The reason why they don't bother is because the science is highly questionable. If they had scientific models that were more substantial than a cute diagram, then they might be taken more seriously.

  7. #27
    nee andante bechimo's Avatar
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    Quote Originally Posted by guesswho View Post
    My point was that "mentally ill" is a bad label, since it contains both "thinking that you're Jesus, terminator, or the Pope" and less severe stuff.
    What's wrong with being the terminator? He had a job to do and the perserverance and dedication to continue.

  8. #28
    Senior Member chachamaru's Avatar
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    There isn't enough mental illness to go around.
    a cat is fine too

  9. #29
    Senior Member Mephistopheles's Avatar
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    Quote Originally Posted by Architectonic View Post
    The DSM is pseudo-science. I mean what other supposed body of standards doesn't bother with citing the basis of its findings? Or explain that their selection of definitions seem to shift with the fashions of the time. Some are suggesting the changes in the new revsion of the DSM are a grab for cash: http://washingtonexaminer.com/blogs/...ing-psychiatry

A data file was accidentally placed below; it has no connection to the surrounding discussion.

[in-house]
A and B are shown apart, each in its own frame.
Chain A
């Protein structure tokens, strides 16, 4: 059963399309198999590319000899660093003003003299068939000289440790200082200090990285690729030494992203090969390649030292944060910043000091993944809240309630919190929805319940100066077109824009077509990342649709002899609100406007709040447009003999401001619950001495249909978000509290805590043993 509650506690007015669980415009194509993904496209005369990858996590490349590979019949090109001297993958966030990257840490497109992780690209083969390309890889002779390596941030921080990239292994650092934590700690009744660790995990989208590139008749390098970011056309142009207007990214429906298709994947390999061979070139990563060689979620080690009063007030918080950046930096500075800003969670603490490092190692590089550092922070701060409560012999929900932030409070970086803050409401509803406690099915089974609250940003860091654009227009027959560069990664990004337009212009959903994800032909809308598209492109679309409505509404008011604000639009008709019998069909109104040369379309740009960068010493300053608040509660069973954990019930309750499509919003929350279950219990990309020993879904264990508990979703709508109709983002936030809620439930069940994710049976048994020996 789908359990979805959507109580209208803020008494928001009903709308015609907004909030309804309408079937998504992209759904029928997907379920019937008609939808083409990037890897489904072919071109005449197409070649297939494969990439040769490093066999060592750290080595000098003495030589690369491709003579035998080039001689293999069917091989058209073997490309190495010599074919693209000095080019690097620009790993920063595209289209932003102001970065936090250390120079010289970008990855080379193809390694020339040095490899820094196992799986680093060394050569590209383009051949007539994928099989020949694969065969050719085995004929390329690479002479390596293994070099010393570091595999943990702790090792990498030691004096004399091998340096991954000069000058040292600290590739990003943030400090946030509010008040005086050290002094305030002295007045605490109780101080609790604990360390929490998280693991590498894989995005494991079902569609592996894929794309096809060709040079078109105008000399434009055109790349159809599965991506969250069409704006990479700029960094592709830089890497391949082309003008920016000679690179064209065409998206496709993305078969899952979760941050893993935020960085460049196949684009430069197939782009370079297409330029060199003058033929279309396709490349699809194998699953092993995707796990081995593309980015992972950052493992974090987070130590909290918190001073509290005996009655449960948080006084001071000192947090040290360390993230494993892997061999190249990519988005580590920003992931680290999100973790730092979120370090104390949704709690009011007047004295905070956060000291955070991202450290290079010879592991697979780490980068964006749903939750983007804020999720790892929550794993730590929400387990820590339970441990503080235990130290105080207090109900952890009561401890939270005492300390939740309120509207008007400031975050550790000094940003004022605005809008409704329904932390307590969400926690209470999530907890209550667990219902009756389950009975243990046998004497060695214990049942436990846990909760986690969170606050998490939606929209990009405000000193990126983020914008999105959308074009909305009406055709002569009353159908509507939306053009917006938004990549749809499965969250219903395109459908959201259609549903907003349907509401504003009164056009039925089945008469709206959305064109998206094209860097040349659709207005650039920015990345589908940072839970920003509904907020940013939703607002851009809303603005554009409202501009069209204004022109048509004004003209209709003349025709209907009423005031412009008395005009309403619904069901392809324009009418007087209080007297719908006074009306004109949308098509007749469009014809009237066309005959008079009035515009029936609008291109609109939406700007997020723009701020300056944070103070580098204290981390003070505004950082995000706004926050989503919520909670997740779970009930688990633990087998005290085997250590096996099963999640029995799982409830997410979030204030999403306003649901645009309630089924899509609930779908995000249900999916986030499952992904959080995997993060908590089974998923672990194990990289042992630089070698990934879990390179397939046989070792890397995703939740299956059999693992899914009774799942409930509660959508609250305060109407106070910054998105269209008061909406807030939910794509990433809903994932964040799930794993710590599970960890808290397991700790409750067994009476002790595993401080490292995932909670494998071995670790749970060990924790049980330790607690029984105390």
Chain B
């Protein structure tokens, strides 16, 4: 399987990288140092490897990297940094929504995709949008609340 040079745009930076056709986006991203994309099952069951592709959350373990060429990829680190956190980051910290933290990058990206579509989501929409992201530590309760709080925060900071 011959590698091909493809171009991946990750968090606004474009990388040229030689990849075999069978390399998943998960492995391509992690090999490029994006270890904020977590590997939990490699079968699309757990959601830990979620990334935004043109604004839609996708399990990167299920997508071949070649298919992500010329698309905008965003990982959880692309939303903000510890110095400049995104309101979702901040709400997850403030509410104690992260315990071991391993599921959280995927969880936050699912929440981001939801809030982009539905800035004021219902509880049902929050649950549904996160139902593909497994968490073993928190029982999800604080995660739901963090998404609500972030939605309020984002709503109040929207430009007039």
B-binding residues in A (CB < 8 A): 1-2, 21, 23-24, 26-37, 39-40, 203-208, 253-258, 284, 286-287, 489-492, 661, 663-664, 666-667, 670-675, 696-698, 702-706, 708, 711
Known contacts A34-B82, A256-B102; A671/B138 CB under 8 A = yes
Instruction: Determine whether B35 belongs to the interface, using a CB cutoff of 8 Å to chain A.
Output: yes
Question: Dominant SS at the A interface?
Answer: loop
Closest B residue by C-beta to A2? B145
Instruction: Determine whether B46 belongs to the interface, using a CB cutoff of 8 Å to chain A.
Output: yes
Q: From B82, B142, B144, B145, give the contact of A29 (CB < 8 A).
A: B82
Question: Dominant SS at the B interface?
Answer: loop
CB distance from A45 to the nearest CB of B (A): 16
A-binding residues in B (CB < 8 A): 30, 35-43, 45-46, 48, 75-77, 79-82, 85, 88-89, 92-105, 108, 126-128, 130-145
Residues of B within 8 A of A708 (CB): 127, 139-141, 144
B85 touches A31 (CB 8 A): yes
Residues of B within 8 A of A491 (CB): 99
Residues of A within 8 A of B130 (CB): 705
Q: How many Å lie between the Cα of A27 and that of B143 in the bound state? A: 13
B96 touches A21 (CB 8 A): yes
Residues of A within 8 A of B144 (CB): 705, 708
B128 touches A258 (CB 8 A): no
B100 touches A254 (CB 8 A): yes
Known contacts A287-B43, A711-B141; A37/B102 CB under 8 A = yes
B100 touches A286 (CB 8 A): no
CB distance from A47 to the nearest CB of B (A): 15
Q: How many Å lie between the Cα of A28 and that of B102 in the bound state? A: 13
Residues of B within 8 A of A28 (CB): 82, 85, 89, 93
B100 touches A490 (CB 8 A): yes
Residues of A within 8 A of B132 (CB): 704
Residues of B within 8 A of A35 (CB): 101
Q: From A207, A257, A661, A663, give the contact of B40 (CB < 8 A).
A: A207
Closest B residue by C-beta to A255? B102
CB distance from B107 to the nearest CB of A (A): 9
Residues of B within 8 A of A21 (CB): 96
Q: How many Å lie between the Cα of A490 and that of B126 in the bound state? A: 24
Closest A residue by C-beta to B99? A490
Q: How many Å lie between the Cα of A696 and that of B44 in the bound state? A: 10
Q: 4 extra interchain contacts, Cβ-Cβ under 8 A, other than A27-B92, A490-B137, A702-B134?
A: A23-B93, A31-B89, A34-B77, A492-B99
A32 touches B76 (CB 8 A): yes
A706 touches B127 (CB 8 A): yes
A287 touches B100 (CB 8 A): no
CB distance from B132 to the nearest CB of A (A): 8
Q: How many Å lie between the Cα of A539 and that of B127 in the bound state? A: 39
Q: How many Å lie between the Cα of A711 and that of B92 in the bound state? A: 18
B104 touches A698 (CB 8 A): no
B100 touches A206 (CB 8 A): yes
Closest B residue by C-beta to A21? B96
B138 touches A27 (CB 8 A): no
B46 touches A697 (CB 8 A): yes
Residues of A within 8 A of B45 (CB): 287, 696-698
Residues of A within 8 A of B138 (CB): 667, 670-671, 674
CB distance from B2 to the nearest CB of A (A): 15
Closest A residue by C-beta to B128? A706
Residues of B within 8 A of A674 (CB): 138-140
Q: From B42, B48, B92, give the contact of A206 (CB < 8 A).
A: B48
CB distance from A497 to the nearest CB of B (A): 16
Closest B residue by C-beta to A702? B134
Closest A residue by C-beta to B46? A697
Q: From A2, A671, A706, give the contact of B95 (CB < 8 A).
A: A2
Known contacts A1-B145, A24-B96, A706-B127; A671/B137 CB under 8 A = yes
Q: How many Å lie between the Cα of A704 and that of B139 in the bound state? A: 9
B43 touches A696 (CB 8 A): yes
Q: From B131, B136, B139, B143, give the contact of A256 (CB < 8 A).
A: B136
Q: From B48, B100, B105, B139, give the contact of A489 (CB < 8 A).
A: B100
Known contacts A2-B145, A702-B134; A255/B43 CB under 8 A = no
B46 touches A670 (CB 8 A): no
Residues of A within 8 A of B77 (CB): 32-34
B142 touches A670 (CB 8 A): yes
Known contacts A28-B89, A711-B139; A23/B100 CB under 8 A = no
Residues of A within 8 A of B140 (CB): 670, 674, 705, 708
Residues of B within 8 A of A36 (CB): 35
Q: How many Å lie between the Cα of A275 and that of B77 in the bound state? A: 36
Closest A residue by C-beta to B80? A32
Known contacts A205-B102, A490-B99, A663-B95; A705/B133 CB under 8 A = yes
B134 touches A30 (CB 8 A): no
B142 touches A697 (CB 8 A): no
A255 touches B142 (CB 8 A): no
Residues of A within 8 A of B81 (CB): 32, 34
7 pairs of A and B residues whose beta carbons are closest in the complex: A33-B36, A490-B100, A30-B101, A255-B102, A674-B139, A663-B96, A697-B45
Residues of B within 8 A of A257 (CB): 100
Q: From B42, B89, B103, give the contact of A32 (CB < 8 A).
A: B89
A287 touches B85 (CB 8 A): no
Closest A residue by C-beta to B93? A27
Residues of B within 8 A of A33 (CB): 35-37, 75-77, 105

The reason why they don't bother is because the science is highly questionable. If they had scientific models that were more substantial than a cute diagram, then they might be taken more seriously.
    Aren't we here in the wrong forum to call something "pseudo-science"?
    They say I only think in form of crunching numbers.....
    -Fall Out Boy

  10. #30
    nee andante bechimo's Avatar
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    DSM always brings to mind the two questions of what is considered emotionally healthy and who arbitrarily decides this. Many of the social disorders include "symptoms" that most of the population possess. Maybe it's by degrees. But then, who arbitrarily decides the tilt of the axle from healthy to unhealthy?

    If you consider brain chemistry, there's no scientific manner to test it. So then, why are so many antipsychotic drugs being prescribed, many by GPs?